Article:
Tel Aviv is sometimes referred to as the Miami of the Middle East. Looking at this 1980 photograph it is easy to see why. The city’s architecture, much like Miami, is dominated by modernist structures in the Bauhaus and International styles. Here we can see how the hotels tower on Tel Aviv’s beach towers over the surrounding buildings, a testament to the economic importance of tourism in the city.
The city realized the economic potential as early as the 1920s and the first serious attempt to organize and capitalize on it was proposed in the Gruenblatt Plan which was approved in 1936. It built on the Geddes Plan for the city, which had passed a decade earlier, but also attempted to incorporate European style urban grids and wide streets into the city. The plan was unpopular with citizens because it essentially took the beach, a popular lesure destination for locals, away and capitalized on it as a tourist destination. The plan was ultimately scrapped, but the beach was developed, notably Atarim Square, and it continues to be a major draw for tourists and income for the city.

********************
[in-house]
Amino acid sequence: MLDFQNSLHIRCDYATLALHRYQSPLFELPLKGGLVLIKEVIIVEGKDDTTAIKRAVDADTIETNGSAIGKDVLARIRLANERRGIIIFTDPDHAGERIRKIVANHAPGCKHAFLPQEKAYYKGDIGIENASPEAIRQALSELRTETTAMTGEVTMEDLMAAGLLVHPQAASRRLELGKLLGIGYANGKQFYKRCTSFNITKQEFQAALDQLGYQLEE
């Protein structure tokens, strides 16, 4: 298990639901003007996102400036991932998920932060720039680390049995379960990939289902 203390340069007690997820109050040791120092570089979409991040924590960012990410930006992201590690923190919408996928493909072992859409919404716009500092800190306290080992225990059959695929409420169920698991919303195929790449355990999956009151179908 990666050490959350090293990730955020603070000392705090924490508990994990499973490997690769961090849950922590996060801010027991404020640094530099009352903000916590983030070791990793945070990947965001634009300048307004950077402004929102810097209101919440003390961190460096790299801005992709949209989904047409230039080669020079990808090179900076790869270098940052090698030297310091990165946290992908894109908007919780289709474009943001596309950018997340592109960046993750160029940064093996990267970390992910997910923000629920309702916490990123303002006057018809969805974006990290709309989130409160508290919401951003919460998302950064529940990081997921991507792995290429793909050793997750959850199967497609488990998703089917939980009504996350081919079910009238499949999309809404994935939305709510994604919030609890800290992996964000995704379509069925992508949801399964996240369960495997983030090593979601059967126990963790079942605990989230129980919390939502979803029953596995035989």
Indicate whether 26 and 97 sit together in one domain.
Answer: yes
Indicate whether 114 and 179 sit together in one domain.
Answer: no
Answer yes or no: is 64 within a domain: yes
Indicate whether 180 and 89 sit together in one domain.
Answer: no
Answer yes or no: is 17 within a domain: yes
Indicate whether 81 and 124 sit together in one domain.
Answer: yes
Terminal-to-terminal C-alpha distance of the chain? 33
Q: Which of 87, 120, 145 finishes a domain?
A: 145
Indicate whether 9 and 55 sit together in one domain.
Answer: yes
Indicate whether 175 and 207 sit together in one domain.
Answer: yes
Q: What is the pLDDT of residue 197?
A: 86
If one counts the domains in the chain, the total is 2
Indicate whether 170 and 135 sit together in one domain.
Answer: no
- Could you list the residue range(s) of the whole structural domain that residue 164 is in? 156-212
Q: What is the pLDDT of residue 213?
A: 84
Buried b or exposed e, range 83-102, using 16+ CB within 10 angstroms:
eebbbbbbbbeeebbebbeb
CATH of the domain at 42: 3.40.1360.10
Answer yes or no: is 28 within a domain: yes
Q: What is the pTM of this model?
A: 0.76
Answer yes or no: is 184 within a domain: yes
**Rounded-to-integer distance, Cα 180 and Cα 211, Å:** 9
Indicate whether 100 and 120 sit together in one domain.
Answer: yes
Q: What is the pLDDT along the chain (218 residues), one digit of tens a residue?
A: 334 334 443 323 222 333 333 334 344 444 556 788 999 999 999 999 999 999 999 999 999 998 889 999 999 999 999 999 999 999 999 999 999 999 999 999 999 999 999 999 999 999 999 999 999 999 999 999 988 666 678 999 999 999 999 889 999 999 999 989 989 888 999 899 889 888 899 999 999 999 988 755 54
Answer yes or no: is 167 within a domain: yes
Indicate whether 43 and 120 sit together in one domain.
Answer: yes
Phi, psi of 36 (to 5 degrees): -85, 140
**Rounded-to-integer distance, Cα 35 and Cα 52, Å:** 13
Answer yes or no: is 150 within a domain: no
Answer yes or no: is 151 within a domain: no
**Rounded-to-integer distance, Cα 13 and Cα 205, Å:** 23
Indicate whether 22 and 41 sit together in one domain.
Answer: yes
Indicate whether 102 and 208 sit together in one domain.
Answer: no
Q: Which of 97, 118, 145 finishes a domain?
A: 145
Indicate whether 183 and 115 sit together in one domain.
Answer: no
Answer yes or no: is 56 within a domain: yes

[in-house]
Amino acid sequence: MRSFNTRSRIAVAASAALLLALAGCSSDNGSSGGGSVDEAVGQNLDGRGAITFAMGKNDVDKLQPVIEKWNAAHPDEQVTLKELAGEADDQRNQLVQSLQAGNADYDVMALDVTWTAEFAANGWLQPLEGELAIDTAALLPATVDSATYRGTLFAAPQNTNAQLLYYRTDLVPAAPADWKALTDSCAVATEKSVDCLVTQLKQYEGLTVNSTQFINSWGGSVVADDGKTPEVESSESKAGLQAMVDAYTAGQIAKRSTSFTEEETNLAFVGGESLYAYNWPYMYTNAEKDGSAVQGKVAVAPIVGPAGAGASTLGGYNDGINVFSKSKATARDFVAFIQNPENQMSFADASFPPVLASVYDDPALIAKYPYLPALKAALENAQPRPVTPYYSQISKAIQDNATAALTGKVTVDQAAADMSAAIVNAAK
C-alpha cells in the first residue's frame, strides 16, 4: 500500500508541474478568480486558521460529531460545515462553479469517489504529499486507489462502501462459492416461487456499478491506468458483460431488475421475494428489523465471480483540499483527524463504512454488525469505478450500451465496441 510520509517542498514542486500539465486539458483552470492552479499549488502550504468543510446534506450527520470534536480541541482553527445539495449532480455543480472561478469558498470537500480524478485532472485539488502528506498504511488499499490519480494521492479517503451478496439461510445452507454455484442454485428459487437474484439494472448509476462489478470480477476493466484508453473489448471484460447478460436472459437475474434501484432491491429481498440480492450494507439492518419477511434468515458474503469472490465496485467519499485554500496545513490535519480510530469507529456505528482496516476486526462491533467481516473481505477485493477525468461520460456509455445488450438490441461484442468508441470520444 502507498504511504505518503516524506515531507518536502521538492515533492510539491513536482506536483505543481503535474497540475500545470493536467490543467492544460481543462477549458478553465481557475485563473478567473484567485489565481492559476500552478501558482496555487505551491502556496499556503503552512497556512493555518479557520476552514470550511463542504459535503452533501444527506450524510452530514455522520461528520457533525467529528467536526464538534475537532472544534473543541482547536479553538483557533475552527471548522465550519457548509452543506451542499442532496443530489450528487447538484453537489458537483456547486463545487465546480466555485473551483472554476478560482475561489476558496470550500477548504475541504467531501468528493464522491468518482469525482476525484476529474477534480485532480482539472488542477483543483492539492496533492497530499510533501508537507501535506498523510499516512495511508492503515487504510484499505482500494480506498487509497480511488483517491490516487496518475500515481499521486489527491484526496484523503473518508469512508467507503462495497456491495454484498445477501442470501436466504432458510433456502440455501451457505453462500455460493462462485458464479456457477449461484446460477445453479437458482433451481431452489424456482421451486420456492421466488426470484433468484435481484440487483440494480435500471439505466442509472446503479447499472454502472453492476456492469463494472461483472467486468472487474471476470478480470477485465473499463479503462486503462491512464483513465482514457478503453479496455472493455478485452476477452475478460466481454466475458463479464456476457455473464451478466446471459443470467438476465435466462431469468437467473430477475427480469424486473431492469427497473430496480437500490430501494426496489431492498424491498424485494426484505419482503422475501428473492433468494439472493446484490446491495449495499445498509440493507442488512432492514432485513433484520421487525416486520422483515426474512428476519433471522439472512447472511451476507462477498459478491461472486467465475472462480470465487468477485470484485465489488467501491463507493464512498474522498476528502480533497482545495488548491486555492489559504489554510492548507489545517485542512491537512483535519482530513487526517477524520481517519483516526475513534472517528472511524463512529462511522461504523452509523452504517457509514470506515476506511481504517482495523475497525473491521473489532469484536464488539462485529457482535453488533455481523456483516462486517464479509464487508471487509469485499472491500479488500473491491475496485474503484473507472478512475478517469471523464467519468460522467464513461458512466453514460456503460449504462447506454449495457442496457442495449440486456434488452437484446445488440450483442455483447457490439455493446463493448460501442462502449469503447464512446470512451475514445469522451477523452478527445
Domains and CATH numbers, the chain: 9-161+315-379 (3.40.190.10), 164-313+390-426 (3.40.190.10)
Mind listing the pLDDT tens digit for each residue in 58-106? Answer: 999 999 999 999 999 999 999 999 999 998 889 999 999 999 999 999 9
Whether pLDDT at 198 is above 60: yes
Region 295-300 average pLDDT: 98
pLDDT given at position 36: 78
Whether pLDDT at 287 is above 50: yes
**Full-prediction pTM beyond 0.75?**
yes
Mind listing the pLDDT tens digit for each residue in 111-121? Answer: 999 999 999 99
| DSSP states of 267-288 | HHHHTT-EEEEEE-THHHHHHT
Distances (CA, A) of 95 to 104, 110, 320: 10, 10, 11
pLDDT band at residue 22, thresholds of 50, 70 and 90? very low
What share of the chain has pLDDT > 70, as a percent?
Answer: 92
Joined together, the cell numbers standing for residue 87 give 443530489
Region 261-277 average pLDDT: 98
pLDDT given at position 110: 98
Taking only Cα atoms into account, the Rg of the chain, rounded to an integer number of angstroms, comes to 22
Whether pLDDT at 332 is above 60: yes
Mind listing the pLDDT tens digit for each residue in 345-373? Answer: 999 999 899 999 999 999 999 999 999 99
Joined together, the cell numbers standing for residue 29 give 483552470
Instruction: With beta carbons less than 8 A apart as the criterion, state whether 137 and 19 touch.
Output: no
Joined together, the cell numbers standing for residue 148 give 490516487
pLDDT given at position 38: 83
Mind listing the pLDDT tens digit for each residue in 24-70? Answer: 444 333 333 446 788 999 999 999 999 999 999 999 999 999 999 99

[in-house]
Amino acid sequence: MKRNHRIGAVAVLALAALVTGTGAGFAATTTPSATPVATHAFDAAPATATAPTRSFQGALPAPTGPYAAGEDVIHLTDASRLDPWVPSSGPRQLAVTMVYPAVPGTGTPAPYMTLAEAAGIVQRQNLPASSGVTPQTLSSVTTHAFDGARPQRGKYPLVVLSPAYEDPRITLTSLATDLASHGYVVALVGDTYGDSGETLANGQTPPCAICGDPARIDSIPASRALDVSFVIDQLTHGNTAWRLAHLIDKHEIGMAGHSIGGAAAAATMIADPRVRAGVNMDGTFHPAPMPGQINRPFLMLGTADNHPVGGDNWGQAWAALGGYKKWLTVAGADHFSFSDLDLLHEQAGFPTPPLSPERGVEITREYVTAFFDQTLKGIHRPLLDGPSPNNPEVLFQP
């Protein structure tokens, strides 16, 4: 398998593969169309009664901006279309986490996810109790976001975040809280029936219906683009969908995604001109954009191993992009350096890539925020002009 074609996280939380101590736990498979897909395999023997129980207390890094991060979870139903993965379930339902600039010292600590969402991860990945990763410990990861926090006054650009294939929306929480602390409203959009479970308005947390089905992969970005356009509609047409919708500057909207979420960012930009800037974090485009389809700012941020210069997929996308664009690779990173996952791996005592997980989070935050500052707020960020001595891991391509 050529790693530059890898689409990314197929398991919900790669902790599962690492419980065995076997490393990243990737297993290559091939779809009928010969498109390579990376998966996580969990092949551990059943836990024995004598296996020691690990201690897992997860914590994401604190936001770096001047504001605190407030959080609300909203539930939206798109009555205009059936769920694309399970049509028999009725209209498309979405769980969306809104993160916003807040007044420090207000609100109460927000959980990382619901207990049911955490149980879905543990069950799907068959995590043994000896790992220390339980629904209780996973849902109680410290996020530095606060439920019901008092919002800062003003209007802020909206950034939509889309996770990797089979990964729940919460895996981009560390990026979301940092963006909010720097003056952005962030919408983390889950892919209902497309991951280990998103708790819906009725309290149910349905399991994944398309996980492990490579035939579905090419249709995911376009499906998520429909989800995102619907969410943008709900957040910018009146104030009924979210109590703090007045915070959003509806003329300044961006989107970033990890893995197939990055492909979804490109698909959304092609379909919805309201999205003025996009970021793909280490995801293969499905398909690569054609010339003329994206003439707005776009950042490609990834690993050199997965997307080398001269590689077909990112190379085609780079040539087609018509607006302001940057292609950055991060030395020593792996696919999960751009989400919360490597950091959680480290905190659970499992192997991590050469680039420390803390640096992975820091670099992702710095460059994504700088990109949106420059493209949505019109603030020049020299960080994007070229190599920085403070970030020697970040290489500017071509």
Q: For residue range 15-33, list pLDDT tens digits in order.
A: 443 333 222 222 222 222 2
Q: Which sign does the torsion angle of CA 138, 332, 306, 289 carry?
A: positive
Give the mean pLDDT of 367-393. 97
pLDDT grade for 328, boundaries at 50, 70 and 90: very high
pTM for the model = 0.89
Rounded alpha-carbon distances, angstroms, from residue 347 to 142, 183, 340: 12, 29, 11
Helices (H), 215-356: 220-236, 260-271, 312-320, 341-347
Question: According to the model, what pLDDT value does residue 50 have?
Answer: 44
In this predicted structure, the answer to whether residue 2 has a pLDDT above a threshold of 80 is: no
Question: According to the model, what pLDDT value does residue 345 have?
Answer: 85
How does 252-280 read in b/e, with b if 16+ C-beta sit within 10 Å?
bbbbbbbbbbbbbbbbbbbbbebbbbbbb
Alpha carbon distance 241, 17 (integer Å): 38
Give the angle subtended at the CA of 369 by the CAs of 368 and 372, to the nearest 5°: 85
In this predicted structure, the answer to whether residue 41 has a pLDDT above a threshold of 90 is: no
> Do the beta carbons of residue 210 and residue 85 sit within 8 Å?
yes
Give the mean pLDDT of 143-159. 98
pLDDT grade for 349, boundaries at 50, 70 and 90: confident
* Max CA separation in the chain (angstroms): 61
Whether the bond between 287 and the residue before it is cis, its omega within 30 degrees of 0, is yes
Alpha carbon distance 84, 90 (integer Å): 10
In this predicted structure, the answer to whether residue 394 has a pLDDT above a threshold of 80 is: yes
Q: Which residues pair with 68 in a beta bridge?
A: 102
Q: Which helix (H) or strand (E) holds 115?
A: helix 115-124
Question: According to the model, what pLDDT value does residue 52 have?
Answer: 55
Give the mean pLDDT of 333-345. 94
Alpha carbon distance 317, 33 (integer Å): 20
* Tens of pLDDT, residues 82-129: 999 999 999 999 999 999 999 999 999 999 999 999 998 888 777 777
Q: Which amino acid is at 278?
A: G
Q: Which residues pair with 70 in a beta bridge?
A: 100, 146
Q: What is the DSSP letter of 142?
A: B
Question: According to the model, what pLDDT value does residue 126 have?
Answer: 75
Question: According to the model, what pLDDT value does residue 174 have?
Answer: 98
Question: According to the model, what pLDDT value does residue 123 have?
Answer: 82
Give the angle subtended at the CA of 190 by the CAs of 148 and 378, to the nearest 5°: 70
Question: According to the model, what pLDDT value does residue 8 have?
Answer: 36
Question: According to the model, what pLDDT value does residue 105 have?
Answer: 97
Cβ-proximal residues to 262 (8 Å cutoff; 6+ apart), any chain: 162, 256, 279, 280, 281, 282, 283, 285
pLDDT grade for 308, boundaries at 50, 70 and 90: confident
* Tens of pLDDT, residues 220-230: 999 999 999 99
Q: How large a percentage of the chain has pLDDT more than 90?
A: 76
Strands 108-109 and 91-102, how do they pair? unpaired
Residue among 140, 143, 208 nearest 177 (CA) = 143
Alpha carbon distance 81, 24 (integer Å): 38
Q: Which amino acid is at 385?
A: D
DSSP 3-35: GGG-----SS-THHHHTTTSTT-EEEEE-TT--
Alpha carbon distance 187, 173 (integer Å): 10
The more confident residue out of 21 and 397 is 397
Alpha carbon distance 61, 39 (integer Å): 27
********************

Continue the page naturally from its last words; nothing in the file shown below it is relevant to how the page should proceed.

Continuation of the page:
Creator 1 Role
Land use -- Aerial photography in land use -- Israel -- Tel Aviv; Cities and towns -- Israel -- Tel Aviv; Architecture, Modern -- 20th century -- Modern movement;
Smolski, Chet, "Tel Aviv: Coastline Hotels, Miami of the Middle East" (1980). Browse All. 762.
tourism, Israel, Tel Aviv, beaches, recreation, aerial, land use, skyscraper, cityscape